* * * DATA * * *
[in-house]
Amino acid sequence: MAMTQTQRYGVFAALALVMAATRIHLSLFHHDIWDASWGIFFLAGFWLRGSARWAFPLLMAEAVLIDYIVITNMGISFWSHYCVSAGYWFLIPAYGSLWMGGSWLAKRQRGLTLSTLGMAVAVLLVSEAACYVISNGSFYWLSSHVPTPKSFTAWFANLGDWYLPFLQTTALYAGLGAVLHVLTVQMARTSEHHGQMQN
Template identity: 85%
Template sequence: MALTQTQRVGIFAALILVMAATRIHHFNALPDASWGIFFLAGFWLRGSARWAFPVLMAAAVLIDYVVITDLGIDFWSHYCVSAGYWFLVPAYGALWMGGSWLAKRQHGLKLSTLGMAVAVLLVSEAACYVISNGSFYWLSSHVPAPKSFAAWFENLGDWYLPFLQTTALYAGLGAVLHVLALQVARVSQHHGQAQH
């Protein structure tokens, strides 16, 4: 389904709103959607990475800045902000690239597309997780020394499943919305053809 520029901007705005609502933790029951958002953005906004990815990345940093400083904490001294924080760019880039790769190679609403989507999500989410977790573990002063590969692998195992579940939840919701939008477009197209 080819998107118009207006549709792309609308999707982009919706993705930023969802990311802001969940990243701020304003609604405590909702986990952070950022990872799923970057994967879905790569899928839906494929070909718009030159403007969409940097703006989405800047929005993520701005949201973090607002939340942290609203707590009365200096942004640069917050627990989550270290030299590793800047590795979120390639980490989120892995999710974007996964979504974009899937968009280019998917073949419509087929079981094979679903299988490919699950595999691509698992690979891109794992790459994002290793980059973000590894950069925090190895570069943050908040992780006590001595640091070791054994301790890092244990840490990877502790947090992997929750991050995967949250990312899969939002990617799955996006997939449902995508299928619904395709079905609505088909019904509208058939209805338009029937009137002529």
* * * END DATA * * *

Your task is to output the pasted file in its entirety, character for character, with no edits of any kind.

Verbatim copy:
[in-house]
Amino acid sequence: MAMTQTQRYGVFAALALVMAATRIHLSLFHHDIWDASWGIFFLAGFWLRGSARWAFPLLMAEAVLIDYIVITNMGISFWSHYCVSAGYWFLIPAYGSLWMGGSWLAKRQRGLTLSTLGMAVAVLLVSEAACYVISNGSFYWLSSHVPTPKSFTAWFANLGDWYLPFLQTTALYAGLGAVLHVLTVQMARTSEHHGQMQN
Template identity: 85%
Template sequence: MALTQTQRVGIFAALILVMAATRIHHFNALPDASWGIFFLAGFWLRGSARWAFPVLMAAAVLIDYVVITDLGIDFWSHYCVSAGYWFLVPAYGALWMGGSWLAKRQHGLKLSTLGMAVAVLLVSEAACYVISNGSFYWLSSHVPAPKSFAAWFENLGDWYLPFLQTTALYAGLGAVLHVLALQVARVSQHHGQAQH
């Protein structure tokens, strides 16, 4: 389904709103959607990475800045902000690239597309997780020394499943919305053809 520029901007705005609502933790029951958002953005906004990815990345940093400083904490001294924080760019880039790769190679609403989507999500989410977790573990002063590969692998195992579940939840919701939008477009197209 080819998107118009207006549709792309609308999707982009919706993705930023969802990311802001969940990243701020304003609604405590909702986990952070950022990872799923970057994967879905790569899928839906494929070909718009030159403007969409940097703006989405800047929005993520701005949201973090607002939340942290609203707590009365200096942004640069917050627990989550270290030299590793800047590795979120390639980490989120892995999710974007996964979504974009899937968009280019998917073949419509087929079981094979679903299988490919699950595999691509698992690979891109794992790459994002290793980059973000590894950069925090190895570069943050908040992780006590001595640091070791054994301790890092244990840490990877502790947090992997929750991050995967949250990312899969939002990617799955996006997939449902995508299928619904395709079905609505088909019904509208058939209805338009029937009137002529």